A touch screen is an input device normally layered on the top of an
electronic visual display of an information processing system. A
user can give input or control the information processing system
through simple or multi-touch gestures by touching the screen with
a special stylus/pen and-or one or more fingers. Some touch screens
use ordinary or specially coated gloves to work while others use a
special stylus/pen only. The user can use the touch screen to react
to what is displayed and to control how it is displayed (for
example by zooming the text size).
The touch screen enables the user to interact directly with what is
displayed, rather than using a mouse, touchpad, or any other
intermediate device (other than a stylus, which is optional for
most modern touch screens).
Touch screens are common in devices such as game consoles, personal
computers, tablet computers, and smart phones. They can also be
attached to computers or, as terminals, to networks. They also play
a prominent role in the design of digital appliances such as
personal digital assistants (PDAs), GPS navigation devices, mobile
phones, video games and some books (E-books).
The popularity of smart phones, tablets, and many types of
information appliances is driving the demand and acceptance of
common touch screens for portable and functional electronics. Touch
screens are found in the medical field and in heavy industry, as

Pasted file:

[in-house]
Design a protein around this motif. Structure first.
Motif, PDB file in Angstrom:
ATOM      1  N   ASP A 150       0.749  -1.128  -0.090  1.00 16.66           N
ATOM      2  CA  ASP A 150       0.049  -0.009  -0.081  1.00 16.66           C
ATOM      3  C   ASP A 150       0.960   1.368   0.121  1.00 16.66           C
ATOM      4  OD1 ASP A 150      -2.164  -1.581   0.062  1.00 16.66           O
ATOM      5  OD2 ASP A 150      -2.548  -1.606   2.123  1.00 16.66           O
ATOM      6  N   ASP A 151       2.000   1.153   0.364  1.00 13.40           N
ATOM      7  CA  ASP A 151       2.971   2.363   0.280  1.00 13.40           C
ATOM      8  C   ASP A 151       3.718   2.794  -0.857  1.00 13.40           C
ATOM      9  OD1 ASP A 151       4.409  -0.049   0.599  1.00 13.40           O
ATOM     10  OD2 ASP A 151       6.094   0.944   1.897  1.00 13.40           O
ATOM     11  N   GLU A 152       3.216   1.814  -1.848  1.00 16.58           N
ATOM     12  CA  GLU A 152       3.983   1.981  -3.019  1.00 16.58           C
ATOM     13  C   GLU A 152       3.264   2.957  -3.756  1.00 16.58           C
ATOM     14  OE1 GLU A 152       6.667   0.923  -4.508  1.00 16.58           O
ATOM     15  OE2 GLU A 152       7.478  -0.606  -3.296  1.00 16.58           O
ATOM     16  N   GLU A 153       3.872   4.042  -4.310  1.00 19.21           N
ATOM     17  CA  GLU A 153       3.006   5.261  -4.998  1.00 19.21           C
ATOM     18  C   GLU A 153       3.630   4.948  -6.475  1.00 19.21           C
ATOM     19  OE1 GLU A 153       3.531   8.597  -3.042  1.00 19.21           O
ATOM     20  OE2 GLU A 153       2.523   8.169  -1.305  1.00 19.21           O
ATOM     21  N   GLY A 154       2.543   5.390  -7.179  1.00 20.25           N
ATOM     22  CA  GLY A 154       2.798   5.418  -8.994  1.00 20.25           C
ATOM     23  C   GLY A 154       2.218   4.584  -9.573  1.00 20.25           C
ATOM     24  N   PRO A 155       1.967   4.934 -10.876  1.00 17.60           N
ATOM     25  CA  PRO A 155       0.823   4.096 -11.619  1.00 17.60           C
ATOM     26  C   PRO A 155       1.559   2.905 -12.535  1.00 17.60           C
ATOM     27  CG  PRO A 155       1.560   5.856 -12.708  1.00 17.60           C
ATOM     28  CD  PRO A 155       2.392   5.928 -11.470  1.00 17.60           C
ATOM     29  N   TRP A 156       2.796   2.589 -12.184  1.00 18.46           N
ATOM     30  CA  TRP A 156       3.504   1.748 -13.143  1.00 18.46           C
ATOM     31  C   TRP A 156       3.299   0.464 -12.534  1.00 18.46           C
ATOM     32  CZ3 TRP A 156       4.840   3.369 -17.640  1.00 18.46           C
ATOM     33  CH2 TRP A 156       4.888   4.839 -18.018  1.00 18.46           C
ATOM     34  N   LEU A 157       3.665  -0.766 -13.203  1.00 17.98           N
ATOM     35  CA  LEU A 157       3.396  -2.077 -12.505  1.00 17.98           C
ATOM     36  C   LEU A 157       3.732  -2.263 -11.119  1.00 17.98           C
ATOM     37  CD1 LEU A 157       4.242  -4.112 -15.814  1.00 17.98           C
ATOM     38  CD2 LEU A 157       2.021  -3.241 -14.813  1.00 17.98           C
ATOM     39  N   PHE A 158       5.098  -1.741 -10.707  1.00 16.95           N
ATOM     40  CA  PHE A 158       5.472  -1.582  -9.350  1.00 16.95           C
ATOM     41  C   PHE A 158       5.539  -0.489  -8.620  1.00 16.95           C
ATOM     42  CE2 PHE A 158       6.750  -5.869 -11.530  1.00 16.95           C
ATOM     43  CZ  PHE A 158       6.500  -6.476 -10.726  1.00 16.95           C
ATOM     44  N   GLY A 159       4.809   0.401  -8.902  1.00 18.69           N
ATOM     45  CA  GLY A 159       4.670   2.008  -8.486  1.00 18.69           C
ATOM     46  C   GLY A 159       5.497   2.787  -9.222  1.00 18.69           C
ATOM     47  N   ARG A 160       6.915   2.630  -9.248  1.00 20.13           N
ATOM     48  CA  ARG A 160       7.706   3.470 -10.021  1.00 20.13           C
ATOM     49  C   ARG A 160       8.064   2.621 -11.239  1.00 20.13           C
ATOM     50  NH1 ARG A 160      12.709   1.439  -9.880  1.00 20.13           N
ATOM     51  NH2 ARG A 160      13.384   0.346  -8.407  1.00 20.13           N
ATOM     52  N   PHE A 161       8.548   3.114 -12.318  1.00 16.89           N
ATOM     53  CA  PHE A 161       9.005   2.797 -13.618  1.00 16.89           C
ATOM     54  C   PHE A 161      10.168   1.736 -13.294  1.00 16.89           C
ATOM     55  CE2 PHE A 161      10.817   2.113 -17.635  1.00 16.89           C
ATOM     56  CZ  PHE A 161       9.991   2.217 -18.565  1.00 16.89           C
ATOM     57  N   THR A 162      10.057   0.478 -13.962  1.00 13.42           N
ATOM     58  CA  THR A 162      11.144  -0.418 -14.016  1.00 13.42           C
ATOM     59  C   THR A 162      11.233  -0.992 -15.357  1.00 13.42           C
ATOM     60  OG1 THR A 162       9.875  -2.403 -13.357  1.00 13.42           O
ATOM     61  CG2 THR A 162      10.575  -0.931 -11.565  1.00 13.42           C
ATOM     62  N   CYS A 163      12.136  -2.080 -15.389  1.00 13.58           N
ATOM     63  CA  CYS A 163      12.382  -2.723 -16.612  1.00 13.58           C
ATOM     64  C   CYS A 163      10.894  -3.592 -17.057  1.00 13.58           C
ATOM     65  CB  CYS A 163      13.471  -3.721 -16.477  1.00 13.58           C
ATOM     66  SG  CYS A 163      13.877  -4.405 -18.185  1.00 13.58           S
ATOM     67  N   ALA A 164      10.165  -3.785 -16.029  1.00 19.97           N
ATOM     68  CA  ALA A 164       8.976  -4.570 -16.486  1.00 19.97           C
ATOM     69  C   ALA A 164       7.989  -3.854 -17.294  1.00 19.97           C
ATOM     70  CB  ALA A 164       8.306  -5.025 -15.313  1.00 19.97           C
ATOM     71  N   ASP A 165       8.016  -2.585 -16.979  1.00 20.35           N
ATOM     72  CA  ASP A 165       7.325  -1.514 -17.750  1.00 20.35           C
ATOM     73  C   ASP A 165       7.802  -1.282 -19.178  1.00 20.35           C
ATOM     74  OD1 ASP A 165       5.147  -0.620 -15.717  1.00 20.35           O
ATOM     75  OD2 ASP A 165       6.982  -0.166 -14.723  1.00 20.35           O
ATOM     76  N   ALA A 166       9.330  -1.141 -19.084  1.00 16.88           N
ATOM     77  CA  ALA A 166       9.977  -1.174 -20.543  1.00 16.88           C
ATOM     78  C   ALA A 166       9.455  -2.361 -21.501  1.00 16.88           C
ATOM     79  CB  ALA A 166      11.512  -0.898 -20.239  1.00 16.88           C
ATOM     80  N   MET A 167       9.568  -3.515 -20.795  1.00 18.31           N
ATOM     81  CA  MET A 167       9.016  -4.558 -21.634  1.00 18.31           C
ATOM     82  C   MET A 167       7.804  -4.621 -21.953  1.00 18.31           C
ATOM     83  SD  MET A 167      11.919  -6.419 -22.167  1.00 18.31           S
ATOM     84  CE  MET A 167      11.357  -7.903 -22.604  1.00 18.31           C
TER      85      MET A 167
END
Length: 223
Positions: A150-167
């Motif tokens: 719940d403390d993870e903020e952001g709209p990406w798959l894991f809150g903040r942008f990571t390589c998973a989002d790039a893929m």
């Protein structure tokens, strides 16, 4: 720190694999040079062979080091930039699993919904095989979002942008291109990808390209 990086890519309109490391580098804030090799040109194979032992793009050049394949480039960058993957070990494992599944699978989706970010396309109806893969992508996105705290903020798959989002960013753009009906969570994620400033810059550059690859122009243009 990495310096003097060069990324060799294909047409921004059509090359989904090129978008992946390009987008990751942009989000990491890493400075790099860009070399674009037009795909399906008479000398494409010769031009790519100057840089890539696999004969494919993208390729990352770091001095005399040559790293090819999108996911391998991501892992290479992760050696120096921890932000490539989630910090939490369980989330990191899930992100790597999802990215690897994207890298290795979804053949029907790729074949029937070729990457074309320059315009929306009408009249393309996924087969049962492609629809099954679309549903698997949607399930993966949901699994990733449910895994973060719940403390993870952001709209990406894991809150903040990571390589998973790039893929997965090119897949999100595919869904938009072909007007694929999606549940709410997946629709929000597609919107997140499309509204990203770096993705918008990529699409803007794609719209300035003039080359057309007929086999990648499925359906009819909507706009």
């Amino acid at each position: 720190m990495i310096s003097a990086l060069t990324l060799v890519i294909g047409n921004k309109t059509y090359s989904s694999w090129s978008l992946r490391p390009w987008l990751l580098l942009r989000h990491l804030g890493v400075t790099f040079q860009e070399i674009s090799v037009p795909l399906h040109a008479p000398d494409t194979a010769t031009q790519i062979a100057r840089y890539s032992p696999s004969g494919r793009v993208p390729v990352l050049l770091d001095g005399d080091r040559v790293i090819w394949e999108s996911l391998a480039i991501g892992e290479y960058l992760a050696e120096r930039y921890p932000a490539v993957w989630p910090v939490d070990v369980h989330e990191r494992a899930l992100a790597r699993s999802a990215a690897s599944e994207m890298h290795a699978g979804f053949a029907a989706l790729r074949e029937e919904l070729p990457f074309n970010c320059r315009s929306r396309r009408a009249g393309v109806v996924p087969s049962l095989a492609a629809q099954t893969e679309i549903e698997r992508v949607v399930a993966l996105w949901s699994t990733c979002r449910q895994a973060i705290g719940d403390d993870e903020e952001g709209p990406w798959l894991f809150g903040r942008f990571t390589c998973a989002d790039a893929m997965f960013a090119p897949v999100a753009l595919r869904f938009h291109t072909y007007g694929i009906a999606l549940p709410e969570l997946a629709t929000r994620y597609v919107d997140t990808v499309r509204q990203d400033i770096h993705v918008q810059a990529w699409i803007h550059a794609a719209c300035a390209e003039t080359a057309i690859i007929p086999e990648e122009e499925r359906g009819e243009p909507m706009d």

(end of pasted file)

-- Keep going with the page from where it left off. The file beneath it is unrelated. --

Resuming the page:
well as for automated teller machines (ATMs), and kiosks such as
museum displays or room automation, where keyboard and mouse
systems do not allow a suitably intuitive, rapid, or accurate
interaction by the user with the display's content.
There are a variety of touch screen technologies with different
methods of sensing touch. In LUPHI we mainly provide the resistive
touch screen panels and capacitive touch screen panels.
Resistive Touch Screen Panels
A resistive touch screen panel comprises several layers, the most
important of which are two thin, transparent electrically-resistive
layers separated by a thin space. These layers face each other with
a thin gap between. The top screen (the screen that is touched) has
a coating on the underside surface of the screen. Just beneath it
is a similar resistive layer on top of its substrate. One layer has
conductive connections along its sides, the other along top and
bottom. A voltage is applied to one layer, and sensed by the other.
When an object, such as a fingertip or stylus tip, presses down
onto the outer surface, the two layers touch to become connected at
that point: The panel then behaves as a pair of voltage dividers,
one axis at a time. By rapidly switching between each layer, the
position of a pressure on the screen can be read.
Resistive touch is used in restaurants, factories and hospitals due
to its high resistance to liquids and contaminants. A major benefit
of resistive touch technology is its low cost. Additionally, as
only sufficient pressure is necessary for the touch to be sensed,
they may be used with gloves on, or by using anything rigid as a
finger/stylus substitute. Disadvantages include the need to press
down, and a risk of damage by sharp objects. Resistive touch
screens also suffer from poorer contrast, due to having additional
reflections from the extra layers of material (separated by an air
gap) placed over the screen.